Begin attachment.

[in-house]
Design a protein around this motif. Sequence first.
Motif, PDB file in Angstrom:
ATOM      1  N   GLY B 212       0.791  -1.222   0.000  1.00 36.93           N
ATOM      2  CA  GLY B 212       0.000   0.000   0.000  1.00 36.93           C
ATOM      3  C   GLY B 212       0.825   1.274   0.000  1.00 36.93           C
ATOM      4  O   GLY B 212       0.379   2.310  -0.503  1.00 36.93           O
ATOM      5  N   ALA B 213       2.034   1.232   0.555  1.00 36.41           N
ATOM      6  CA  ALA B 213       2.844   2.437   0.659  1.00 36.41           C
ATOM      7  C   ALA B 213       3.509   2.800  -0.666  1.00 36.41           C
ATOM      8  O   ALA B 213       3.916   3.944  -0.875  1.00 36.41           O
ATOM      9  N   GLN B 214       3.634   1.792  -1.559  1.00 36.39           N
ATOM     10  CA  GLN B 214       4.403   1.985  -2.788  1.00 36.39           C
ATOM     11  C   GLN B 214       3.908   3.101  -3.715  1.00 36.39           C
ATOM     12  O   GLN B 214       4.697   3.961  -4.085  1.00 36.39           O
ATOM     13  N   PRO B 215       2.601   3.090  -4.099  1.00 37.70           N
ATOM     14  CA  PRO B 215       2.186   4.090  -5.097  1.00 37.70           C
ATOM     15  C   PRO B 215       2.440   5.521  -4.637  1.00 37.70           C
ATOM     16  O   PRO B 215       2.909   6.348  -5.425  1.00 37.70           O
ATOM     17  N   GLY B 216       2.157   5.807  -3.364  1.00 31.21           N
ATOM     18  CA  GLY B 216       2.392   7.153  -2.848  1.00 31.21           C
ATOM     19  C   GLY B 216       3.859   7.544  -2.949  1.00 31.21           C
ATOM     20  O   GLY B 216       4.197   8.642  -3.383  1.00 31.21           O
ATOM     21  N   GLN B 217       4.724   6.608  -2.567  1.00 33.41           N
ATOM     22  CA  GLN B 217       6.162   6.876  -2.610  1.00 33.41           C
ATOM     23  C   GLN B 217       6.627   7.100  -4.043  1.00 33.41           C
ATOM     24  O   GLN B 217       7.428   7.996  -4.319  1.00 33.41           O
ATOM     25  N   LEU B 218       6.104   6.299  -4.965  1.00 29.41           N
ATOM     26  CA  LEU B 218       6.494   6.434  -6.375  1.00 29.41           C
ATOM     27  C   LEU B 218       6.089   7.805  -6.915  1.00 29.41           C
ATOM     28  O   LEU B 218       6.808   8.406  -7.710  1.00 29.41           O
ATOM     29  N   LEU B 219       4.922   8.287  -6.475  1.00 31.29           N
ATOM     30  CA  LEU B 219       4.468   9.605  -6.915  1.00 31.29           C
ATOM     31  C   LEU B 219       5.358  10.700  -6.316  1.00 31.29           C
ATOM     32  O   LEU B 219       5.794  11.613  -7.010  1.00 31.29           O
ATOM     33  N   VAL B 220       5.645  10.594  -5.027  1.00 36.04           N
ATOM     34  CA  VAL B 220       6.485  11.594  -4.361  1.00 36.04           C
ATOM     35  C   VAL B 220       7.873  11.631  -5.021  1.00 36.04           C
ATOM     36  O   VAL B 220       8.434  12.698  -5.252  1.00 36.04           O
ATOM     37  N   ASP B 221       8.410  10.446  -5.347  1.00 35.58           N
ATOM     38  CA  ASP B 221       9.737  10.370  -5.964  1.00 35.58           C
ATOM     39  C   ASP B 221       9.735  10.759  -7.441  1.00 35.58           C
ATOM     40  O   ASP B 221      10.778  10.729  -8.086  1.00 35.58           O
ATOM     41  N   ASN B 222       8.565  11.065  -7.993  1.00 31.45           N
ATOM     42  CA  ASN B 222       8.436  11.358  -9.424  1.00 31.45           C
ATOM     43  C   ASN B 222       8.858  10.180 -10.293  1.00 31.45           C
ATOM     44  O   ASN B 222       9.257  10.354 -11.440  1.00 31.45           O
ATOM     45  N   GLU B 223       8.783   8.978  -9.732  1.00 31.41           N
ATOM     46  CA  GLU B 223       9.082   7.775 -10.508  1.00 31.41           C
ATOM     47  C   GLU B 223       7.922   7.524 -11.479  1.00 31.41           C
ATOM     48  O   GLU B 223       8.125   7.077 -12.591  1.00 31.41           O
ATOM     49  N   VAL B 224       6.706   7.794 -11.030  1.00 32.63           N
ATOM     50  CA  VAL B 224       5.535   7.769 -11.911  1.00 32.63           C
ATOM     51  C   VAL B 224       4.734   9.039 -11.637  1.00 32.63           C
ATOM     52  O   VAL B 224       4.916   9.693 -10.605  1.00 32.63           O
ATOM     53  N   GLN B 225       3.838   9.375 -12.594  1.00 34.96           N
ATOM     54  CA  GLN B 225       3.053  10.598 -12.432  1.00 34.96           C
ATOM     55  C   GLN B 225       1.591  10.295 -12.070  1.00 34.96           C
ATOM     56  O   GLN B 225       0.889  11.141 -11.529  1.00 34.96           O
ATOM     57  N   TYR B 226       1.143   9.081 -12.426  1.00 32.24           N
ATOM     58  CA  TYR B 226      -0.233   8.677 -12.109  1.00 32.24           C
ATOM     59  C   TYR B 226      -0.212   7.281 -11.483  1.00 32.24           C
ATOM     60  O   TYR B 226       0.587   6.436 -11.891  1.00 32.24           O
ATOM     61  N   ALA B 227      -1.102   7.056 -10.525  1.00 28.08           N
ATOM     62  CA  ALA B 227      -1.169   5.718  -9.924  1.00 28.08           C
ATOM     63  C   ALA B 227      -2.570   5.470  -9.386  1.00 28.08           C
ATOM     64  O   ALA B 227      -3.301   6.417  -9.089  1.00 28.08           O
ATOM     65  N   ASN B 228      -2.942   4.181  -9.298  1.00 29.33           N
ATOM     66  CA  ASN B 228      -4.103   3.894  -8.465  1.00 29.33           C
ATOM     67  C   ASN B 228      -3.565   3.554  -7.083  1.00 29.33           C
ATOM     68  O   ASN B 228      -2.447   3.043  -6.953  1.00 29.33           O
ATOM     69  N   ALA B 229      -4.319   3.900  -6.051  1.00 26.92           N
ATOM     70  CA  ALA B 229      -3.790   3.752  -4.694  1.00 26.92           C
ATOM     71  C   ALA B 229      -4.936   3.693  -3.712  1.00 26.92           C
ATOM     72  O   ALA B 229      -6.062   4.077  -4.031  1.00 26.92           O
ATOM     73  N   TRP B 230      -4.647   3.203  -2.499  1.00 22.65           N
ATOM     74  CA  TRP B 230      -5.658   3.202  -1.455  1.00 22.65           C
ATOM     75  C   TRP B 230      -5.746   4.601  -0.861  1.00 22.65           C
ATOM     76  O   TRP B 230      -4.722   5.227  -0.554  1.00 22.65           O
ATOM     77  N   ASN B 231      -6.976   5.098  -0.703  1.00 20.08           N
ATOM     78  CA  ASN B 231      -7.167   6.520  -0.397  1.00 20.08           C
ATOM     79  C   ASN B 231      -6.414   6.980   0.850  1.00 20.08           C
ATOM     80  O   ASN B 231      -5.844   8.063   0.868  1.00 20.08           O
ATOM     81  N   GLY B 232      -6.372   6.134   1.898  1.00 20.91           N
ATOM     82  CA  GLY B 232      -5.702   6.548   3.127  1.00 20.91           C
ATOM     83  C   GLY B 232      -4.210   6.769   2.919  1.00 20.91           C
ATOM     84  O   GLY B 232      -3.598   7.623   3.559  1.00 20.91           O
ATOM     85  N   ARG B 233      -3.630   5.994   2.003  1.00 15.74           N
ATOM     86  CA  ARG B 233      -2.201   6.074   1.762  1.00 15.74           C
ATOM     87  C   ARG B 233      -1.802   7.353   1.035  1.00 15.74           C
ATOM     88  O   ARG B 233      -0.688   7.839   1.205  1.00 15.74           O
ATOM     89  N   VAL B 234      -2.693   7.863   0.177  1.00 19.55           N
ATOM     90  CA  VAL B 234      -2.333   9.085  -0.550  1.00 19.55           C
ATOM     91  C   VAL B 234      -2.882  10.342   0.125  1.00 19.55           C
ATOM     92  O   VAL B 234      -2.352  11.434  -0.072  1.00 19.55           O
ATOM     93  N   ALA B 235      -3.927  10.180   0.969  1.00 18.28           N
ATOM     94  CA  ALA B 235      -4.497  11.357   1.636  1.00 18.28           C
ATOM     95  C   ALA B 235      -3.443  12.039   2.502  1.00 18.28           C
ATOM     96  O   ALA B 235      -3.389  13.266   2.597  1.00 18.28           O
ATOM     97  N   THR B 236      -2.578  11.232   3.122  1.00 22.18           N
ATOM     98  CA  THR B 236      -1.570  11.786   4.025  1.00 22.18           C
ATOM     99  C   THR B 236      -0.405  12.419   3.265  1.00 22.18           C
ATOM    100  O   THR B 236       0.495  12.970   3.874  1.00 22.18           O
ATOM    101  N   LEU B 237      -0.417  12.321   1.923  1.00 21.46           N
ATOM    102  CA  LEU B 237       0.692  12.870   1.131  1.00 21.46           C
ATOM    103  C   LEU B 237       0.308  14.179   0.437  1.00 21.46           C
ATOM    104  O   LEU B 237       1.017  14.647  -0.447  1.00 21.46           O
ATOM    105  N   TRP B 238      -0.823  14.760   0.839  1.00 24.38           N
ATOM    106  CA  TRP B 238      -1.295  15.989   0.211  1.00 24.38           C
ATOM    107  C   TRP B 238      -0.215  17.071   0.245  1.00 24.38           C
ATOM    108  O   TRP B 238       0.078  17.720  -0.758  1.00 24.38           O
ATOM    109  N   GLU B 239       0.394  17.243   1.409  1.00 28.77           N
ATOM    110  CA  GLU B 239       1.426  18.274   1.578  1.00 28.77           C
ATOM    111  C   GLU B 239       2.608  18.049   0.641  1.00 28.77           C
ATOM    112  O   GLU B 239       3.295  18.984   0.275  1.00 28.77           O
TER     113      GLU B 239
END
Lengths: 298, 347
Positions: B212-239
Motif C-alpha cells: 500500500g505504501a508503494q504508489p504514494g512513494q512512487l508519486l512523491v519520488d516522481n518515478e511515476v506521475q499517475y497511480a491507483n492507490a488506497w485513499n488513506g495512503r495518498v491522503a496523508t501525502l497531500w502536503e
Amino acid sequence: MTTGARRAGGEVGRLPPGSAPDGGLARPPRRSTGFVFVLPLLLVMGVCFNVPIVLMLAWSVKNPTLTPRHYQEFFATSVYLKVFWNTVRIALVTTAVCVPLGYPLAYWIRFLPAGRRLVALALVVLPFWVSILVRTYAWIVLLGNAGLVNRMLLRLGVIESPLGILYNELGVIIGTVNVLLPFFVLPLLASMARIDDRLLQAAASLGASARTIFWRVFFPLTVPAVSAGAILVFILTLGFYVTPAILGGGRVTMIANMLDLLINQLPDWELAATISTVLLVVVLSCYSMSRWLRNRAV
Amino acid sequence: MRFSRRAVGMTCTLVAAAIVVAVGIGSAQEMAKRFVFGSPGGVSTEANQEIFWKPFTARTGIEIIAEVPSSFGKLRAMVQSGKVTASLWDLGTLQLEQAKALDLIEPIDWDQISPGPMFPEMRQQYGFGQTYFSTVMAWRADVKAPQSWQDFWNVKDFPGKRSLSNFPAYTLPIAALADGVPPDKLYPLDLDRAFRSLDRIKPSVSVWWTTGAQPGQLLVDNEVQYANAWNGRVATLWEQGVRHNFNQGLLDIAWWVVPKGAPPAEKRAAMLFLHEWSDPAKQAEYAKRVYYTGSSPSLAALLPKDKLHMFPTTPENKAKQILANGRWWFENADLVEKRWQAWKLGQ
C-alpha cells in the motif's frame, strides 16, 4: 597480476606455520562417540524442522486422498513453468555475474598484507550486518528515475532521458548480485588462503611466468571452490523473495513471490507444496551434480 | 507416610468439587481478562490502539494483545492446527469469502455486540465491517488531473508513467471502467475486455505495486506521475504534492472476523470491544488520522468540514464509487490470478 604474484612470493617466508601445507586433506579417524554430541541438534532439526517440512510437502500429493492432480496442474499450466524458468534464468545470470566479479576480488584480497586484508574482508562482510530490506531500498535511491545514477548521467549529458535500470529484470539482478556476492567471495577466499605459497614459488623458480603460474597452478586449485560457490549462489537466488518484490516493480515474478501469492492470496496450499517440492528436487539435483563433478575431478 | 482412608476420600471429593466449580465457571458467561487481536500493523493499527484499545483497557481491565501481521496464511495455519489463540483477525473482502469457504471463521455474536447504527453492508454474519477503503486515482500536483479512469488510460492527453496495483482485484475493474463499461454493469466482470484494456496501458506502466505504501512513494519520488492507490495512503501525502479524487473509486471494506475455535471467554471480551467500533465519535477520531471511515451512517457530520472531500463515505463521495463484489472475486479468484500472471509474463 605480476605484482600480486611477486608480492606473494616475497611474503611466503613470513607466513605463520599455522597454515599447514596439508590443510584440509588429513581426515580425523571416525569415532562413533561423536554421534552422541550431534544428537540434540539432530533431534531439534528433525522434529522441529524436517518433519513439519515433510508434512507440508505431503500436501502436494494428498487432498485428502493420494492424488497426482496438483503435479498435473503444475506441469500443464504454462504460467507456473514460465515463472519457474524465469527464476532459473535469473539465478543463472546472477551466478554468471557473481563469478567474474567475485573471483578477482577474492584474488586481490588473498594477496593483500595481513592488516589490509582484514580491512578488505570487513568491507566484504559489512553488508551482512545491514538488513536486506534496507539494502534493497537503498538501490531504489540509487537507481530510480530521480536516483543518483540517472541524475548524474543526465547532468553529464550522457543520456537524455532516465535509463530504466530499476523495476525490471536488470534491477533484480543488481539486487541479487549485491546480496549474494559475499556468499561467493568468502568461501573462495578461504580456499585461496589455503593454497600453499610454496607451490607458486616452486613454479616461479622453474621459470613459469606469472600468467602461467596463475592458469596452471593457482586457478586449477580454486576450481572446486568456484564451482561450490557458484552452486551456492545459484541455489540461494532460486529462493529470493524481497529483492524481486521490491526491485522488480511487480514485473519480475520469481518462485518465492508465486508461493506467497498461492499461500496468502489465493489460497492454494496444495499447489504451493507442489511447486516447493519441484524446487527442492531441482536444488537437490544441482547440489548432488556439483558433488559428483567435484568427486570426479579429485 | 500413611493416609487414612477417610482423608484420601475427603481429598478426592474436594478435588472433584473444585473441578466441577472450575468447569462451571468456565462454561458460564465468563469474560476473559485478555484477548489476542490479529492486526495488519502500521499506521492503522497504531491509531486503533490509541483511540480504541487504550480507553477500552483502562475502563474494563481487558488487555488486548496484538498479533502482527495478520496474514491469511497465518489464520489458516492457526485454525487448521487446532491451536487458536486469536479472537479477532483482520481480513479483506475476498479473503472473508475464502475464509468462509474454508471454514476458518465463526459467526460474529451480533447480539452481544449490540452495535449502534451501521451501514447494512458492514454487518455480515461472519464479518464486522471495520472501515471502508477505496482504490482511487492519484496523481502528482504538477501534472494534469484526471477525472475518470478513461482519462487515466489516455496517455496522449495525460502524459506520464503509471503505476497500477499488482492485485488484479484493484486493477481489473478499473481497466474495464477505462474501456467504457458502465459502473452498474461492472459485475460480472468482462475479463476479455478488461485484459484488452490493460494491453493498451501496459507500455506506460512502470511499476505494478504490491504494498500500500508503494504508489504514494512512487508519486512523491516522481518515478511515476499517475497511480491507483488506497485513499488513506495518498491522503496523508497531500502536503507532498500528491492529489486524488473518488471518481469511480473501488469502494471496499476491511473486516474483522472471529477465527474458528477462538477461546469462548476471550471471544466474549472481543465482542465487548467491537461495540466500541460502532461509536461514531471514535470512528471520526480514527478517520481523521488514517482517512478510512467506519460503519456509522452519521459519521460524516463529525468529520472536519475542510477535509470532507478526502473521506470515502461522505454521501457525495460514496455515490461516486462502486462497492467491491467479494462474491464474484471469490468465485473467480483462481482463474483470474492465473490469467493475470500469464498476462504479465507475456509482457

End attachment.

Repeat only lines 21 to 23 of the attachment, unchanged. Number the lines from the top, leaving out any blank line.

ATOM     18  CA  GLY B 216       2.392   7.153  -2.848  1.00 31.21           C
ATOM     19  C   GLY B 216       3.859   7.544  -2.949  1.00 31.21           C
ATOM     20  O   GLY B 216       4.197   8.642  -3.383  1.00 31.21           O